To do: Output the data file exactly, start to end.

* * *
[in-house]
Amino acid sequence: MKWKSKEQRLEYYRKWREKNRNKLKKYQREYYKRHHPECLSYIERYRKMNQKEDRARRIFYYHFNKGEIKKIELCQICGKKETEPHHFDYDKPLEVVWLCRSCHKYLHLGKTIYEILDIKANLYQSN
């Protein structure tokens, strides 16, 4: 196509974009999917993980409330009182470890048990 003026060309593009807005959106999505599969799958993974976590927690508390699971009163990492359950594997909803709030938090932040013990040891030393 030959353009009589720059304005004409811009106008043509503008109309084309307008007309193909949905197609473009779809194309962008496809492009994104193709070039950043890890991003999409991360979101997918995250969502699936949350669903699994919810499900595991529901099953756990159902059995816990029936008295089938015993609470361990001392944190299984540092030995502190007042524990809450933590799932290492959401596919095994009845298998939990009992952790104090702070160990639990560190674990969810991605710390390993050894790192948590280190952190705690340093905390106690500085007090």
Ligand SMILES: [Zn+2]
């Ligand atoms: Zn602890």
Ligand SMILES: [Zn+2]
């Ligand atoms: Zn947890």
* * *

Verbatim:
[in-house]
Amino acid sequence: MKWKSKEQRLEYYRKWREKNRNKLKKYQREYYKRHHPECLSYIERYRKMNQKEDRARRIFYYHFNKGEIKKIELCQICGKKETEPHHFDYDKPLEVVWLCRSCHKYLHLGKTIYEILDIKANLYQSN
């Protein structure tokens, strides 16, 4: 196509974009999917993980409330009182470890048990 003026060309593009807005959106999505599969799958993974976590927690508390699971009163990492359950594997909803709030938090932040013990040891030393 030959353009009589720059304005004409811009106008043509503008109309084309307008007309193909949905197609473009779809194309962008496809492009994104193709070039950043890890991003999409991360979101997918995250969502699936949350669903699994919810499900595991529901099953756990159902059995816990029936008295089938015993609470361990001392944190299984540092030995502190007042524990809450933590799932290492959401596919095994009845298998939990009992952790104090702070160990639990560190674990969810991605710390390993050894790192948590280190952190705690340093905390106690500085007090």
Ligand SMILES: [Zn+2]
């Ligand atoms: Zn602890």
Ligand SMILES: [Zn+2]
């Ligand atoms: Zn947890």